Written by Dave Gil de Rubio Wednesday, 07 November 2012 09:46
“We were supposed to have Carmine Gallo here. He is the regional administrator for the entire Eastern seaboard and the buck stops at his desk basically,” explained East Williston representative Ray Gaudio before adding with disdain, “He almost has to pass this village to go home to Wantagh and he’s not at this meeting and that’s disgraceful.”
Statistics of excessive usage were bandied about with Floral Park Village Trustee Mary Grace Tomecki citing the Instrument Landing System (ILS) was used for 47 hours straight on Runway 22L from Aug. 10 to 11. Gaudio added, “There are four runways at JFK that can land and take off at each end. In a perfect world, we’d be getting 12.5 percent of the traffic. It’s not a perfect world. [From] Sept. 24 to Sept. 27 [there were] 56 consecutive hours on one runway. The reason, or I’ll say excuses that they use can be classified by three reasons: weather, runway availability and operational efficiency, which is a nice way of saying as many planes as they can cram into JFK, they will do it. That’s the definition of operational efficiency.”
As random attendees shouted out for the representatives to tell the truth, Clarke responded, “I can tell you emphatically that nothing is placed in front of safety. We have the most safe and efficient air traffic system in the world.”
Valley Stream representative Virginia Clavin Higgins also pointed out the heavy usage of Runway 22L based on the statistics provided by her fellow committee members. She questioned, “Knowing that this happens…when you go to equitable distribution, how do you make it up to these people? The equitable distribution what would seem to be a plan where these people get relief at another time and that is not what I’ve heard. How do you make it up to them that there are weekends like that?”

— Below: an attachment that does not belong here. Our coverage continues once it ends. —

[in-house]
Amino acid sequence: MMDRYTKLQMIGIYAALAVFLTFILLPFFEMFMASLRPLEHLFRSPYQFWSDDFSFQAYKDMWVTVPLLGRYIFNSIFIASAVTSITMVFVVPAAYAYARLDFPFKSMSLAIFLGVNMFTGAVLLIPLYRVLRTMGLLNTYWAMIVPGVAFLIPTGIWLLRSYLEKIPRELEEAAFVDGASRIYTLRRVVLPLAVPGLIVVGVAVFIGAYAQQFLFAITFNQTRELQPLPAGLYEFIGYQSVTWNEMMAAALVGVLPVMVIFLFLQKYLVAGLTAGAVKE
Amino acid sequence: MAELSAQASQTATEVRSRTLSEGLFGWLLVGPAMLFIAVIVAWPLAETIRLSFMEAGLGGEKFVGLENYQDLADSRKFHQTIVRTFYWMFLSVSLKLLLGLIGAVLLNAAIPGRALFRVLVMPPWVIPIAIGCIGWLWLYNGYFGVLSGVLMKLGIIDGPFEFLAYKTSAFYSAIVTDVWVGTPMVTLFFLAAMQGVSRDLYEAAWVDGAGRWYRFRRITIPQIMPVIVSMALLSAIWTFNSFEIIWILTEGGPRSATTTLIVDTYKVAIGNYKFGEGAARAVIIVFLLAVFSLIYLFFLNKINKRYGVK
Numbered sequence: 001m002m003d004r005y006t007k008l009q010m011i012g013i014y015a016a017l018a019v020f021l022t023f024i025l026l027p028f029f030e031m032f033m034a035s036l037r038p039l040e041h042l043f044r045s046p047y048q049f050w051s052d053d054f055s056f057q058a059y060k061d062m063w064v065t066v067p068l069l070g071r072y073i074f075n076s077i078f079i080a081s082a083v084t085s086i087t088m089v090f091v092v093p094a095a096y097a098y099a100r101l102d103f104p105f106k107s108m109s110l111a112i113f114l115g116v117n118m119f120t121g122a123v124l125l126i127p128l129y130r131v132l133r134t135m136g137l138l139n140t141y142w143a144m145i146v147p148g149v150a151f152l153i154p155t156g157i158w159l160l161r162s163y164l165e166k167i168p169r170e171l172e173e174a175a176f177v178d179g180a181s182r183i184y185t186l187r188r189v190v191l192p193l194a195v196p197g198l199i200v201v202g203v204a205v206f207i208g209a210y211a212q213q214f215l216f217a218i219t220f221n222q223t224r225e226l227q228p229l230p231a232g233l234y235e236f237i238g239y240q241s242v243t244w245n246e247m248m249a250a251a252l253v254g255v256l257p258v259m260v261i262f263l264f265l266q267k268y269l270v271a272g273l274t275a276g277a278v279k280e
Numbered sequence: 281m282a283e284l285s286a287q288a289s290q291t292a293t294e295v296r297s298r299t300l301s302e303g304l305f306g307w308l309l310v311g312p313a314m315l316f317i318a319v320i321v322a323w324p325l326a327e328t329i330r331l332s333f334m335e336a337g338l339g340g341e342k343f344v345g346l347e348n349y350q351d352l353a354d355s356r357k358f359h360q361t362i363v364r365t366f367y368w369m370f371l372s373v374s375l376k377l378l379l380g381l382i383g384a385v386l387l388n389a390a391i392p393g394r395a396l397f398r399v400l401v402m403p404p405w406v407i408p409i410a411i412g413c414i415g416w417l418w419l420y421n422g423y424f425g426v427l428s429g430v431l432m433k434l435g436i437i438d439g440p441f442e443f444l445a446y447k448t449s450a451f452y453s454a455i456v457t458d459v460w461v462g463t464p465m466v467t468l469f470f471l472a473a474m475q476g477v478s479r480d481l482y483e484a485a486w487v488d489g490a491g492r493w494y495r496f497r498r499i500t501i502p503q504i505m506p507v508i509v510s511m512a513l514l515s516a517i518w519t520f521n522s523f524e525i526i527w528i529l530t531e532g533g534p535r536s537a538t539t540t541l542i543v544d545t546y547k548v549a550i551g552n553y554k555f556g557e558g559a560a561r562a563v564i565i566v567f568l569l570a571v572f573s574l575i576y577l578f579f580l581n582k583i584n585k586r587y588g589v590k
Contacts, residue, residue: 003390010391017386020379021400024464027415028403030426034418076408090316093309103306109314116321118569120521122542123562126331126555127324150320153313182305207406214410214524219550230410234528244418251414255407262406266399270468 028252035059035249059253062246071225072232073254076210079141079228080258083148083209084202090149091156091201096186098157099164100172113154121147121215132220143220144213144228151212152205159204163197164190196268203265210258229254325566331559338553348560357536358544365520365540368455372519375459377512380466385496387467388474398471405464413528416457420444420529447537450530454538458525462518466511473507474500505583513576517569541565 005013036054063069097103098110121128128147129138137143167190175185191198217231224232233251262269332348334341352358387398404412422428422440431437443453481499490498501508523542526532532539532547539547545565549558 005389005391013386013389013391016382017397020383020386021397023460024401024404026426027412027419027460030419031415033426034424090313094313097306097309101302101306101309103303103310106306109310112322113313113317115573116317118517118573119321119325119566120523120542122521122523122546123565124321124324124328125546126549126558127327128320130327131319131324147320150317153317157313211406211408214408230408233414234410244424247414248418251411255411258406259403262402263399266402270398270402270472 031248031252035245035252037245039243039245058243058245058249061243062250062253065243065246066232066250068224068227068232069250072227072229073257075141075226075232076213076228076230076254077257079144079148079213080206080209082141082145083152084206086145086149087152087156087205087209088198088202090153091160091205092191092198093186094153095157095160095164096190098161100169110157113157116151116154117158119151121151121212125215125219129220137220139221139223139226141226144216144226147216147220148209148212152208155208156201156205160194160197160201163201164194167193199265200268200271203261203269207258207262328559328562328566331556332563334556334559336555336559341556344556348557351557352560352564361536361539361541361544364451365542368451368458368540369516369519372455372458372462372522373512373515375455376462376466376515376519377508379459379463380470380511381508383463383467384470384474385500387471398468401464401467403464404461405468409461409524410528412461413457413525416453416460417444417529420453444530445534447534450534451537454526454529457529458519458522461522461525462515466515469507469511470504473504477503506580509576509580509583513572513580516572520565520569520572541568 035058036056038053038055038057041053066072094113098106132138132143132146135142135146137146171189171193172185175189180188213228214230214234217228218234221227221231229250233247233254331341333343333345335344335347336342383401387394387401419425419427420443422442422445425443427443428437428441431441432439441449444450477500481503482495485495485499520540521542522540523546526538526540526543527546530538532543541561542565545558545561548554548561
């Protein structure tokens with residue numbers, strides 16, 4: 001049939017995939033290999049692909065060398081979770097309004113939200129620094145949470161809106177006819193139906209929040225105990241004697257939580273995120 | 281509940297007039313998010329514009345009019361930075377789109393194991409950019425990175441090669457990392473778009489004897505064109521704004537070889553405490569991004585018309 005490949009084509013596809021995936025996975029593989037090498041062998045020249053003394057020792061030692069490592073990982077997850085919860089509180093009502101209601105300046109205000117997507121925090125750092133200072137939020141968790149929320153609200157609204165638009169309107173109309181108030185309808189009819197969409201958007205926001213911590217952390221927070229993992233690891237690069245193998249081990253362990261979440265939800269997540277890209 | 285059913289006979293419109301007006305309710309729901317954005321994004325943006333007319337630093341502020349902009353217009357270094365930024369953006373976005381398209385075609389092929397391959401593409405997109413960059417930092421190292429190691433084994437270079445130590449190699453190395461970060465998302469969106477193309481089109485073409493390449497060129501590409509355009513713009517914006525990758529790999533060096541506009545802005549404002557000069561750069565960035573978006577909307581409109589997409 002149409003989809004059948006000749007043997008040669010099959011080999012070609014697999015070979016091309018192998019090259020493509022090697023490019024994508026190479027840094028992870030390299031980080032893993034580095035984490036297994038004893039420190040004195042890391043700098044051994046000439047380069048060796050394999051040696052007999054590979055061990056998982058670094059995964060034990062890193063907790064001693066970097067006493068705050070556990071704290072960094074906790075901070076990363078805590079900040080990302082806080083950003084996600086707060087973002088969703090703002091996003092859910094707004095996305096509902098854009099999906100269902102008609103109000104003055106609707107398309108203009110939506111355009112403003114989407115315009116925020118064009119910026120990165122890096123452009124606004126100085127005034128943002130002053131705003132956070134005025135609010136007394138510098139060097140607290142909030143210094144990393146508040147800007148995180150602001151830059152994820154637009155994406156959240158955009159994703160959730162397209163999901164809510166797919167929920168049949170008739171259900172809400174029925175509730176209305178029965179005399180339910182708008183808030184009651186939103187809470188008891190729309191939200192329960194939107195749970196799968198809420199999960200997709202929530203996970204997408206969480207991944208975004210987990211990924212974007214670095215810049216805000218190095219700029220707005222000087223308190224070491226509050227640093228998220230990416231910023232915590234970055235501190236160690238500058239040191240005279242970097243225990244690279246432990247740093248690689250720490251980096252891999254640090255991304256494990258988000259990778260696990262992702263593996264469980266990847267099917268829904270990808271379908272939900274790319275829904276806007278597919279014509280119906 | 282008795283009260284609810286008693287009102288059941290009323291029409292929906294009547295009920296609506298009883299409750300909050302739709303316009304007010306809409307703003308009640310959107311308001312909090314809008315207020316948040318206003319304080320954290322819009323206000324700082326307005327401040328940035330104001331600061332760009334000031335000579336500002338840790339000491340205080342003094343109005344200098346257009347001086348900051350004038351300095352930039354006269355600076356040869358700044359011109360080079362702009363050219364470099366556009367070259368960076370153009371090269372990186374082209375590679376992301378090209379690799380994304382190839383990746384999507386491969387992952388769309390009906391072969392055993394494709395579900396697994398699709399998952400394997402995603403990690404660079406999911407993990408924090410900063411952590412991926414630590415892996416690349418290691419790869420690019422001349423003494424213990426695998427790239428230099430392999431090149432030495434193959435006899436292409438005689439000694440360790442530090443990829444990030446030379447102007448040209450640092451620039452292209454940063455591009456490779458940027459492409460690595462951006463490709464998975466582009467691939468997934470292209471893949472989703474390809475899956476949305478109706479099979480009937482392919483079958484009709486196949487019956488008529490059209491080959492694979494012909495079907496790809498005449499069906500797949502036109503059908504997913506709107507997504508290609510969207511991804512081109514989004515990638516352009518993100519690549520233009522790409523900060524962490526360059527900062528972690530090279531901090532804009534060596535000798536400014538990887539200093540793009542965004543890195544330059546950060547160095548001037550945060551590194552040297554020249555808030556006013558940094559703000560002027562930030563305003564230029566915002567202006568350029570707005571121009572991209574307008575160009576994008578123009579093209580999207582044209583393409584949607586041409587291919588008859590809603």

While Clarke admitted not having a magic answer and also being a fellow local resident who’s been impacted by the planes, it was Jaffe who provided the rationale for using the ILS for such a long duration.
“I can only speak from the standpoint of my background, which is an airline pilot and aviation safety inspector. If you’re using an ILS, it’s because you have to. Period. It’s based on a combination of weather conditions and the capability of the airport and the aircraft coming in down that time frame,” he said. “There are so many variables. Pilots love ILS because it is the most straightforward, simple approach to use, you don’t require any special equipment in the aircraft and you always know your height above the ground. It’s an approach that’s been used for a very long time. If they’re using the ILS for that long, it’s because they had to.”
The next TVASNAC meeting will be held on Monday, Nov. 26 at a yet to be determined location.